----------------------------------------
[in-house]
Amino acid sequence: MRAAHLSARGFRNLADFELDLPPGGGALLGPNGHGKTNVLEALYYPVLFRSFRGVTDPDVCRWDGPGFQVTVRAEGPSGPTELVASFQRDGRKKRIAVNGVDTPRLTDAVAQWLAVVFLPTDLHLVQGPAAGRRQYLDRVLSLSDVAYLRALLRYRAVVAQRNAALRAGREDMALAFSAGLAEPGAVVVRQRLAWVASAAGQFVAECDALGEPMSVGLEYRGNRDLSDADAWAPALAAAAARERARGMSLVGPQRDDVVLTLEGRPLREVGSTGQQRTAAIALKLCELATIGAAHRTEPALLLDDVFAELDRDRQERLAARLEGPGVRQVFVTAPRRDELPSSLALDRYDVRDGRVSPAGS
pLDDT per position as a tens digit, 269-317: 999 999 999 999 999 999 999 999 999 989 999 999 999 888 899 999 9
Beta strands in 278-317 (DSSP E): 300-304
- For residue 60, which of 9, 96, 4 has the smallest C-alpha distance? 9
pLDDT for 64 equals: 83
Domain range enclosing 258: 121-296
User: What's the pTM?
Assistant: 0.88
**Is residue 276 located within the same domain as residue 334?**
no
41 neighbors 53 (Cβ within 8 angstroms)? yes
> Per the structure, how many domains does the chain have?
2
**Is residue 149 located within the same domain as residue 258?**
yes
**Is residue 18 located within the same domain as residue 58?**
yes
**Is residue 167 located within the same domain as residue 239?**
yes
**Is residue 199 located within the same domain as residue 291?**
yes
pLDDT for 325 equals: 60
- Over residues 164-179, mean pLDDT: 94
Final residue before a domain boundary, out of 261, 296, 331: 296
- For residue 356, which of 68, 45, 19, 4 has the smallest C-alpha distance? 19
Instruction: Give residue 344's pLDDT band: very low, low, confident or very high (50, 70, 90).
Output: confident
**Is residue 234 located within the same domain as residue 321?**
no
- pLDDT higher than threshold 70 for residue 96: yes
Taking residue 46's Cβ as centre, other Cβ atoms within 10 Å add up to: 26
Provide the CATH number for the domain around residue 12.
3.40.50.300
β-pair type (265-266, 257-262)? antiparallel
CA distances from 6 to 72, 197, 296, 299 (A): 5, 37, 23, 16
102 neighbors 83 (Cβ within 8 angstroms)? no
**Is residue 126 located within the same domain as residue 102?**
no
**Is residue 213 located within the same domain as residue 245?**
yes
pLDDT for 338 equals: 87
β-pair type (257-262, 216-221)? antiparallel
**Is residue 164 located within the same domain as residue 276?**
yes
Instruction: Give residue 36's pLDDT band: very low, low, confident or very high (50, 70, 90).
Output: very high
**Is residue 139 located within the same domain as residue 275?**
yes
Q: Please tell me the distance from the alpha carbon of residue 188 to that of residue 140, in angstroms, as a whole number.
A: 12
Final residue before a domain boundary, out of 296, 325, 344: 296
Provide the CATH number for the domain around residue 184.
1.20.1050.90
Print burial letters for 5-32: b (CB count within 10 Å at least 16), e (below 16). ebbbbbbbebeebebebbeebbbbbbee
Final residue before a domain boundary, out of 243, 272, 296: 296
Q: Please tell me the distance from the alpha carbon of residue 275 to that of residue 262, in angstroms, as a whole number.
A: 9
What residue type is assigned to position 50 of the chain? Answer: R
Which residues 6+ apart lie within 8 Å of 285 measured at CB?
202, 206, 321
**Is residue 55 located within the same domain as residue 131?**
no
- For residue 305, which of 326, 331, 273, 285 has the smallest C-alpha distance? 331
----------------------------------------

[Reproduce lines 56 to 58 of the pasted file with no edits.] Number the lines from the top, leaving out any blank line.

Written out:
Final residue before a domain boundary, out of 243, 272, 296: 296
Q: Please tell me the distance from the alpha carbon of residue 275 to that of residue 262, in angstroms, as a whole number.
A: 9